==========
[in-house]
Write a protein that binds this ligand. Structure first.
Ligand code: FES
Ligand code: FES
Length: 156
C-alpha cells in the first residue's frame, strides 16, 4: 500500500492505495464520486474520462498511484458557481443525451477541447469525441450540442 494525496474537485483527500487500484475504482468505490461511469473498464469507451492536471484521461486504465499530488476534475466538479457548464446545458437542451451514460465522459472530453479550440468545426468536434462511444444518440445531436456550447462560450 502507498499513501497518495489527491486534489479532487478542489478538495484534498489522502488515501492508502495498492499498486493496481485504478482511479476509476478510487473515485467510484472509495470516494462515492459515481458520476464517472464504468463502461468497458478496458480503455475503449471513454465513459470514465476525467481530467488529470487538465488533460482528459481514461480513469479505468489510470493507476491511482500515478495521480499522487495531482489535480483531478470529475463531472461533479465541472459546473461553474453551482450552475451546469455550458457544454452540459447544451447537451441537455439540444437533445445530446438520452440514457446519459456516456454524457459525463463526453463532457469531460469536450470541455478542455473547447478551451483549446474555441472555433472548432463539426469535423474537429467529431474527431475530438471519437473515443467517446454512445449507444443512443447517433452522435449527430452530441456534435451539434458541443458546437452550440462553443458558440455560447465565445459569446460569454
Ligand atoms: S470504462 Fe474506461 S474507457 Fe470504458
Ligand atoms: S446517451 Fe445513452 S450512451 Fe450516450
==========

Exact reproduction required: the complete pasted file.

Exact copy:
[in-house]
Write a protein that binds this ligand. Structure first.
Ligand code: FES
Ligand code: FES
Length: 156
C-alpha cells in the first residue's frame, strides 16, 4: 500500500492505495464520486474520462498511484458557481443525451477541447469525441450540442 494525496474537485483527500487500484475504482468505490461511469473498464469507451492536471484521461486504465499530488476534475466538479457548464446545458437542451451514460465522459472530453479550440468545426468536434462511444444518440445531436456550447462560450 502507498499513501497518495489527491486534489479532487478542489478538495484534498489522502488515501492508502495498492499498486493496481485504478482511479476509476478510487473515485467510484472509495470516494462515492459515481458520476464517472464504468463502461468497458478496458480503455475503449471513454465513459470514465476525467481530467488529470487538465488533460482528459481514461480513469479505468489510470493507476491511482500515478495521480499522487495531482489535480483531478470529475463531472461533479465541472459546473461553474453551482450552475451546469455550458457544454452540459447544451447537451441537455439540444437533445445530446438520452440514457446519459456516456454524457459525463463526453463532457469531460469536450470541455478542455473547447478551451483549446474555441472555433472548432463539426469535423474537429467529431474527431475530438471519437473515443467517446454512445449507444443512443447517433452522435449527430452530441456534435451539434458541443458546437452550440462553443458558440455560447465565445459569446460569454
Ligand atoms: S470504462 Fe474506461 S474507457 Fe470504458
Ligand atoms: S446517451 Fe445513452 S450512451 Fe450516450